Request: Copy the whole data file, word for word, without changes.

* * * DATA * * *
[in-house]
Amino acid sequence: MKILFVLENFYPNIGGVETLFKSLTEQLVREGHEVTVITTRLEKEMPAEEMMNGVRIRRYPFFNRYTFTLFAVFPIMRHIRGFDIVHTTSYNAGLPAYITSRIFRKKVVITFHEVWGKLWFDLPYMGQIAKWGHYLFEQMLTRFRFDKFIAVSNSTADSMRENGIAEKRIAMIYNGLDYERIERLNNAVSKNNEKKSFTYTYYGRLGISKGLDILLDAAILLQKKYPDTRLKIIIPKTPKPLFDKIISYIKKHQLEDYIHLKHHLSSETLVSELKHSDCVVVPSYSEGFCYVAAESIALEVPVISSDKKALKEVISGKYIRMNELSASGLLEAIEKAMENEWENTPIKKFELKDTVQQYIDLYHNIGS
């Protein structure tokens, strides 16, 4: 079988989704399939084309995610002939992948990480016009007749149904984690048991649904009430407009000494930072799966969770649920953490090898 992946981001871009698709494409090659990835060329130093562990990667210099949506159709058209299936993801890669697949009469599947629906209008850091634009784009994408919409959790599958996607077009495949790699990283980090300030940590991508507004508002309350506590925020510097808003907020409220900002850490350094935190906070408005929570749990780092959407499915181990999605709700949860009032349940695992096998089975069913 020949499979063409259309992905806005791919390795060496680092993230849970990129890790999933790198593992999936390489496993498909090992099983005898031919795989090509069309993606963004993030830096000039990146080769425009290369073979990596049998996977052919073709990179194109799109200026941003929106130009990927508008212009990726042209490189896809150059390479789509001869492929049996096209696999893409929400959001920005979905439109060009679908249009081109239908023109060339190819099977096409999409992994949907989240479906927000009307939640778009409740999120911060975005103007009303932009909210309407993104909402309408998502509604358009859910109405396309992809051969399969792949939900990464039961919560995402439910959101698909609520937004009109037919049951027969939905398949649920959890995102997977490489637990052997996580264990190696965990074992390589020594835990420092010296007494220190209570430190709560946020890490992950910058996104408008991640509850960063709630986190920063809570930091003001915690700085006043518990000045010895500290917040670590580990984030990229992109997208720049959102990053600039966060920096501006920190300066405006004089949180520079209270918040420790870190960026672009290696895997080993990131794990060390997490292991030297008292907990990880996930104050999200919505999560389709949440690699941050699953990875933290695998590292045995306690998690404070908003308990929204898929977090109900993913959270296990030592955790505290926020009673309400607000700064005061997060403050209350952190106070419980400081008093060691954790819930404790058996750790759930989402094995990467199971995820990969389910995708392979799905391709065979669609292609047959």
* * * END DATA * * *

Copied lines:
[in-house]
Amino acid sequence: MKILFVLENFYPNIGGVETLFKSLTEQLVREGHEVTVITTRLEKEMPAEEMMNGVRIRRYPFFNRYTFTLFAVFPIMRHIRGFDIVHTTSYNAGLPAYITSRIFRKKVVITFHEVWGKLWFDLPYMGQIAKWGHYLFEQMLTRFRFDKFIAVSNSTADSMRENGIAEKRIAMIYNGLDYERIERLNNAVSKNNEKKSFTYTYYGRLGISKGLDILLDAAILLQKKYPDTRLKIIIPKTPKPLFDKIISYIKKHQLEDYIHLKHHLSSETLVSELKHSDCVVVPSYSEGFCYVAAESIALEVPVISSDKKALKEVISGKYIRMNELSASGLLEAIEKAMENEWENTPIKKFELKDTVQQYIDLYHNIGS
């Protein structure tokens, strides 16, 4: 079988989704399939084309995610002939992948990480016009007749149904984690048991649904009430407009000494930072799966969770649920953490090898 992946981001871009698709494409090659990835060329130093562990990667210099949506159709058209299936993801890669697949009469599947629906209008850091634009784009994408919409959790599958996607077009495949790699990283980090300030940590991508507004508002309350506590925020510097808003907020409220900002850490350094935190906070408005929570749990780092959407499915181990999605709700949860009032349940695992096998089975069913 020949499979063409259309992905806005791919390795060496680092993230849970990129890790999933790198593992999936390489496993498909090992099983005898031919795989090509069309993606963004993030830096000039990146080769425009290369073979990596049998996977052919073709990179194109799109200026941003929106130009990927508008212009990726042209490189896809150059390479789509001869492929049996096209696999893409929400959001920005979905439109060009679908249009081109239908023109060339190819099977096409999409992994949907989240479906927000009307939640778009409740999120911060975005103007009303932009909210309407993104909402309408998502509604358009859910109405396309992809051969399969792949939900990464039961919560995402439910959101698909609520937004009109037919049951027969939905398949649920959890995102997977490489637990052997996580264990190696965990074992390589020594835990420092010296007494220190209570430190709560946020890490992950910058996104408008991640509850960063709630986190920063809570930091003001915690700085006043518990000045010895500290917040670590580990984030990229992109997208720049959102990053600039966060920096501006920190300066405006004089949180520079209270918040420790870190960026672009290696895997080993990131794990060390997490292991030297008292907990990880996930104050999200919505999560389709949440690699941050699953990875933290695998590292045995306690998690404070908003308990929204898929977090109900993913959270296990030592955790505290926020009673309400607000700064005061997060403050209350952190106070419980400081008093060691954790819930404790058996750790759930989402094995990467199971995820990969389910995708392979799905391709065979669609292609047959």